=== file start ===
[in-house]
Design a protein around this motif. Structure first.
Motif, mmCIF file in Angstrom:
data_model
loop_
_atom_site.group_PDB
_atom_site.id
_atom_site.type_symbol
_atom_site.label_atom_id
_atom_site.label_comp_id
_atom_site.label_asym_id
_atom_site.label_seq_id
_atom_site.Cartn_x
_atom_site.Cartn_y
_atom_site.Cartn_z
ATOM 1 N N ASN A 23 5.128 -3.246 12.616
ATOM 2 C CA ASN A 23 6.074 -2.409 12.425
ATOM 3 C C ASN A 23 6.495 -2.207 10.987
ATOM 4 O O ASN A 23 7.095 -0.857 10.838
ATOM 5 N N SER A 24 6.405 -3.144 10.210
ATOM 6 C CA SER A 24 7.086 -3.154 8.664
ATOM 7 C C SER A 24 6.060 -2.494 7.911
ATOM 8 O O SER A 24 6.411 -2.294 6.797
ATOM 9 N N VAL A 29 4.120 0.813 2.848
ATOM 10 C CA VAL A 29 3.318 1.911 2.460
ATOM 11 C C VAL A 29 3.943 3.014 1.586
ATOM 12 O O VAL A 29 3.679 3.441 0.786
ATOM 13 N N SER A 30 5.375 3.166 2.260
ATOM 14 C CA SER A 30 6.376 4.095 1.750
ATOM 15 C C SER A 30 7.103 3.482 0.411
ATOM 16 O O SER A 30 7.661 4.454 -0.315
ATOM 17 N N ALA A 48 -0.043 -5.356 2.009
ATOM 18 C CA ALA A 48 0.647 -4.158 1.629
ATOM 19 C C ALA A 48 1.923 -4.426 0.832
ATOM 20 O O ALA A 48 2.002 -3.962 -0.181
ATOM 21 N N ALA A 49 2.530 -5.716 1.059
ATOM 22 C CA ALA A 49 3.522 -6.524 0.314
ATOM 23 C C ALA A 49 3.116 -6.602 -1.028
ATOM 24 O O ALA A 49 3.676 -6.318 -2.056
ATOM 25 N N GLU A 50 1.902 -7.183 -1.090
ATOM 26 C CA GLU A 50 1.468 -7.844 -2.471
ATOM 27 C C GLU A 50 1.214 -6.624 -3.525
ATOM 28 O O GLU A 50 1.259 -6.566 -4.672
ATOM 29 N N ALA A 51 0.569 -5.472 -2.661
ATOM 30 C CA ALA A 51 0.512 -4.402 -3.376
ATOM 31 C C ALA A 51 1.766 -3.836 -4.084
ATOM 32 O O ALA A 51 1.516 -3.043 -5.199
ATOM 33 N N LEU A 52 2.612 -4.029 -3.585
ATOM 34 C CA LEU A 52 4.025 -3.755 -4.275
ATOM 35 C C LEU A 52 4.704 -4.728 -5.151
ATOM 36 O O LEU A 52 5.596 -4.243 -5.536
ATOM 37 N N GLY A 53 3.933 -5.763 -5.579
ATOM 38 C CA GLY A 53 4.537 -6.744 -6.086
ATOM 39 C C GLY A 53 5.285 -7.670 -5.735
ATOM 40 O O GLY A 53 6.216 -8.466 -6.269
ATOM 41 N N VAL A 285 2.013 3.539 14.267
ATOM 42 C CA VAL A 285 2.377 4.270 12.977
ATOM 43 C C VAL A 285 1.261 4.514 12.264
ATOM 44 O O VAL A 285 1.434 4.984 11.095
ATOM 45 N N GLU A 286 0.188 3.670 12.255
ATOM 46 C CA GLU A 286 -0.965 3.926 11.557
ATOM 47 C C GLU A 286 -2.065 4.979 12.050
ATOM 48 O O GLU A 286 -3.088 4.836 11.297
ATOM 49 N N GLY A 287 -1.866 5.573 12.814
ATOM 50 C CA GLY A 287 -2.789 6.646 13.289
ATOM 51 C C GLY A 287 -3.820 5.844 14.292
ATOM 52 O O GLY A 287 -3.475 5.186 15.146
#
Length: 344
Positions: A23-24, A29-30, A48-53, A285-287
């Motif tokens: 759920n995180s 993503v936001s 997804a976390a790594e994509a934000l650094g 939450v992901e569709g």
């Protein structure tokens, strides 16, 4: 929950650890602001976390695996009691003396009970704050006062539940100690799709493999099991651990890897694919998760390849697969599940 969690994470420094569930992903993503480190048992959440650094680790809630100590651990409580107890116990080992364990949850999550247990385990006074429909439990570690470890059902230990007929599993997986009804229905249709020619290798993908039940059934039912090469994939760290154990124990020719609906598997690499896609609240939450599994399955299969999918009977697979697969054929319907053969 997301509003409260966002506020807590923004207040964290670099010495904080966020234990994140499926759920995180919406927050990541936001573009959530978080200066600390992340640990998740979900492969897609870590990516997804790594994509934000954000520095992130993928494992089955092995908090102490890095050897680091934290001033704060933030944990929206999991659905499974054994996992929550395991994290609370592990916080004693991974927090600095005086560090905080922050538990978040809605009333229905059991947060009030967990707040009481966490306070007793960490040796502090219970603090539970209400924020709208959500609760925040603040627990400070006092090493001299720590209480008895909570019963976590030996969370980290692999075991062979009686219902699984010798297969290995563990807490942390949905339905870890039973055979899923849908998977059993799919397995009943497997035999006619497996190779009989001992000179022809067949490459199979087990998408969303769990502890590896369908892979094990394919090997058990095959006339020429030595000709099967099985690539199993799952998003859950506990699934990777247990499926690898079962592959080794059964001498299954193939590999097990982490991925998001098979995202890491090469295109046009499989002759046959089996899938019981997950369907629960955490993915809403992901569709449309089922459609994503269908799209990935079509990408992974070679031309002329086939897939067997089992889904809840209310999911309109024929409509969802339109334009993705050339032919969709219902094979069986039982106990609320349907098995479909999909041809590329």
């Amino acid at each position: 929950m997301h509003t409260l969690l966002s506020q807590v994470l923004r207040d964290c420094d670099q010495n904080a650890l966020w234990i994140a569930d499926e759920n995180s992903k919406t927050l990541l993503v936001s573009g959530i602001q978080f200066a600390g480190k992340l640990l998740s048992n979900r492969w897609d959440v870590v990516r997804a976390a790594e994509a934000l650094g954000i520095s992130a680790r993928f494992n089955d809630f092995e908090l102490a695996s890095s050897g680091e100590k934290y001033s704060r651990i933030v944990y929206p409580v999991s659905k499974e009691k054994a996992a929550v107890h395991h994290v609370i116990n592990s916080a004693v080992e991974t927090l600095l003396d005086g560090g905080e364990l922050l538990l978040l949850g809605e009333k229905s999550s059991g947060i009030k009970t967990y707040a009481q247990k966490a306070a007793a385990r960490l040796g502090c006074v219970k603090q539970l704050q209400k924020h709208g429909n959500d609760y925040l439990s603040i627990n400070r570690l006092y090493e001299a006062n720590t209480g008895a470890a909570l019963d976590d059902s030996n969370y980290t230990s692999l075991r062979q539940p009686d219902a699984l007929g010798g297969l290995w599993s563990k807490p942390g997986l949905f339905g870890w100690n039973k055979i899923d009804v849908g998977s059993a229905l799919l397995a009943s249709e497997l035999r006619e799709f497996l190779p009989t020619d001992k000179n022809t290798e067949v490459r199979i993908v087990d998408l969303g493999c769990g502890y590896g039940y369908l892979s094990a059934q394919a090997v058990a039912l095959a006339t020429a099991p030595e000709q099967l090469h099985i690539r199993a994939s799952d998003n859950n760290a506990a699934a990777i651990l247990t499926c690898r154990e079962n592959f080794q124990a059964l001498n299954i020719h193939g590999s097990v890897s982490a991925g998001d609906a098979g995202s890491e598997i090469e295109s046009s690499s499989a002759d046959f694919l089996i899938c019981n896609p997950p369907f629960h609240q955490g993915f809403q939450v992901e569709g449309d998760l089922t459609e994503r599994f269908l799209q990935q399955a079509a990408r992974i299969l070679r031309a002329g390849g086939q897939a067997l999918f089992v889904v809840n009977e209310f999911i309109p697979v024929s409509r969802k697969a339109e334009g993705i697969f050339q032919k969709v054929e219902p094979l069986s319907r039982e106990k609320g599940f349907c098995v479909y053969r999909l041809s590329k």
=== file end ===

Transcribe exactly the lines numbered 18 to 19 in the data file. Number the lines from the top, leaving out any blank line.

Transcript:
ATOM 3 C C ASN A 23 6.495 -2.207 10.987
ATOM 4 O O ASN A 23 7.095 -0.857 10.838